The image is the purest expression of David as a wise and learned king among the poems considered here. He is both a continual learner [noscere] and has perhaps natural aptitude for it [gnaro … corde]. In line with the descriptions in Einhard and the general information given to us in official edicts and circular letters issued by the king, especially De litteris colendis [On the cultivation of literature], the focus of this learning is the realm of the sacred.22 Though this David bears elements of the rex et propheta, the sacrae … secreta sophiae (17) does not seem to include things which have yet to pass, particularly as the main verb here is scrutari, ‘to investigate thoroughly’. Instead, this would seem to indicate more a sense of the mystical, in the sense of things which are not revealed, as made clear in De litteris colendis. The tenor of this description also seems to be one which shows Charlemagne-David’s knowledge to be acquired, and is subject to external input, as he surrounds himself with other scholars to create the atmosphere of a scholar-king’s court:

David habere cupit sapientes mente magistros,

Ad decus, ad laudem cuiuscumque artis in aula,

Ut veterum renovet studiosa mente sophiam.

Angilbert, carm. 2.19–21

[David is desirous of having teachers, wise in mind, for the dignity and praise of whatever art in his hall, so that he might renew the wisdom of those who have come before, by their studious mind.]

As in these lines, however much David may have been known to the Carolingians as a writer of psalms, in none of the instances where Charlemagne is invoked as David in the guise of scholar and poet, does he actively participate in literary production.23 This is instead the province of the poets themselves, or of female members of Charlemagne’s family. Theodulf gives a clear example of this, stating:

David in arce manet paucis cum forte puellis,

Pieria sufflat carmina quaeque tuba.

In primis rutilat Flaccinas Delia Musas,

Post aliae pariter organa sacra boant.

Delia Threiciam iam pangit pollice chordam,

Floribus atque ornat tempora sacra novis.

Theodulf, carm. 27.27–30

[David remains in his citadel, as it happens, with a few girls, and each blows tunes of the Muses on a trumpet. Delia24 shines in the foremost ranks with the Muses of Flaccus, and afterwards the others blare on their sacred instruments. Now Delia strikes the lyre with her thumb and adorns her sacred temples with new flowers.]25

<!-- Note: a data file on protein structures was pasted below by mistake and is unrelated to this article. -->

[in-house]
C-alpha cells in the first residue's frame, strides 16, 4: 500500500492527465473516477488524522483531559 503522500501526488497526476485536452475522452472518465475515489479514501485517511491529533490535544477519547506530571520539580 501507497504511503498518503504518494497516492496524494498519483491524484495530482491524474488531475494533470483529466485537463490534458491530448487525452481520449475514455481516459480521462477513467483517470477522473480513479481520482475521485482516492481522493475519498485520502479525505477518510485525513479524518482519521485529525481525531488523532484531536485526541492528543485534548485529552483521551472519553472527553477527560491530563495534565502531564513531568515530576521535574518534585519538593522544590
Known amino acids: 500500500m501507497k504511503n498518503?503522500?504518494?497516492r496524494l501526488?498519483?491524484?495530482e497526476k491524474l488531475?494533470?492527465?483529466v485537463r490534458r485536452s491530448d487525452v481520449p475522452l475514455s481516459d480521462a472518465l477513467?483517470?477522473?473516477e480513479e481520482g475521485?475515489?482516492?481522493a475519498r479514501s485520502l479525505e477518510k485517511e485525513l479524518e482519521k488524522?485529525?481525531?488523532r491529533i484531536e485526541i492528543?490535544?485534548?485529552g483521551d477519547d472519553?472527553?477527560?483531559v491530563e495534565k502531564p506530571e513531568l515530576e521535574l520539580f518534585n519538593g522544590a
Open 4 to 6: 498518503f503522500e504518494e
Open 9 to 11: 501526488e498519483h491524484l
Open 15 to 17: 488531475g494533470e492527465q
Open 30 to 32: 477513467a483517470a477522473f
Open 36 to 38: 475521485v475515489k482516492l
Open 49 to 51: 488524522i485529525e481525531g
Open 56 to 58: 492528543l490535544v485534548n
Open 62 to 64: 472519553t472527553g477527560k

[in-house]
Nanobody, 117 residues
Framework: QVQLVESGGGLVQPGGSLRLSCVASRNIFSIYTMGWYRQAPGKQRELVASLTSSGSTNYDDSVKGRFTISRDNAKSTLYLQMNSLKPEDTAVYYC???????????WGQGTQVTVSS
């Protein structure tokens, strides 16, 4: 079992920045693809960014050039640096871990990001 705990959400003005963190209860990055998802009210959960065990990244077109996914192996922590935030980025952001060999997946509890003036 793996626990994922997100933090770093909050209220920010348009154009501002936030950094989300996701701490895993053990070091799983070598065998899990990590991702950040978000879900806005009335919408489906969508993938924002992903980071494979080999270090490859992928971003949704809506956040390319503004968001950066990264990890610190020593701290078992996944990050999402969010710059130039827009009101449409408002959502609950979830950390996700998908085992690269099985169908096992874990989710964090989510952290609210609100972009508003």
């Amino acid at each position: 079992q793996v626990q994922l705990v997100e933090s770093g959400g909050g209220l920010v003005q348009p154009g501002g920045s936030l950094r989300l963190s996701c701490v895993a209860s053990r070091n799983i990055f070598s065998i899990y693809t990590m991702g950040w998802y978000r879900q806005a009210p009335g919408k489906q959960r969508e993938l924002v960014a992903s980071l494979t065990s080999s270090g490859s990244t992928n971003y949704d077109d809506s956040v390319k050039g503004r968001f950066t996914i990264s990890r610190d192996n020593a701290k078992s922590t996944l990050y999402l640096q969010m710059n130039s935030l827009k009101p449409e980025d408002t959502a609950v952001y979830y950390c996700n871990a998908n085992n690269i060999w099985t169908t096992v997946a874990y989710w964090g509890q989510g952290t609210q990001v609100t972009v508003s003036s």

The ancillary aspect of the king to poetic composition, is further nuanced in Alcuin, carm. 37 (Dulcis Homere vale, valeat tua vita per aevum), which has an extended passage of praise for Charlemagne, though it is addressed in the first instance to Homer – Alcuin’s nickname for Angilbert.26 Here he expresses his wish for the king’s long life, specifically so that he, Alcuin, may continue to engage in his intellectual activity.27 Key to this description is the emphasis on a joint effort between Alcuin and Charlemagne, here signalled twice with tecum (Pierio ut tecum liceat mihi ludere versu, [So that it might be permitted for me to play in verse with you], carm. 37.11, and Quae via me tecum perveat astra super, [Which road might carry me with you beyond the stars], carm. 37.16). Linked to this is the idea of permission which the king grants with the subjunctive liceat. This may be directly by his approbation, or indirectly by virtue of his being alive, but the result is still that it is only he who can provide the correct setting in which Alcuin may follow his scholarly pursuits.

Angilbert likewise expresses this symbiotic relationship in carm. 2. The poem is noteworthy for its multiple refrains which take inspiration from ancient works, and potentially also contemporary poetry.28 In one such refrain, David amat vates, vatorum est gloria David, ‘David loves the poets, the poets’ ornament is David’, the functions of each party are made clear: Charlemagne-David provides support to the poets by his love (in reality rather his favour, approbation and protection), and they in turn glorify him and his court with poetry.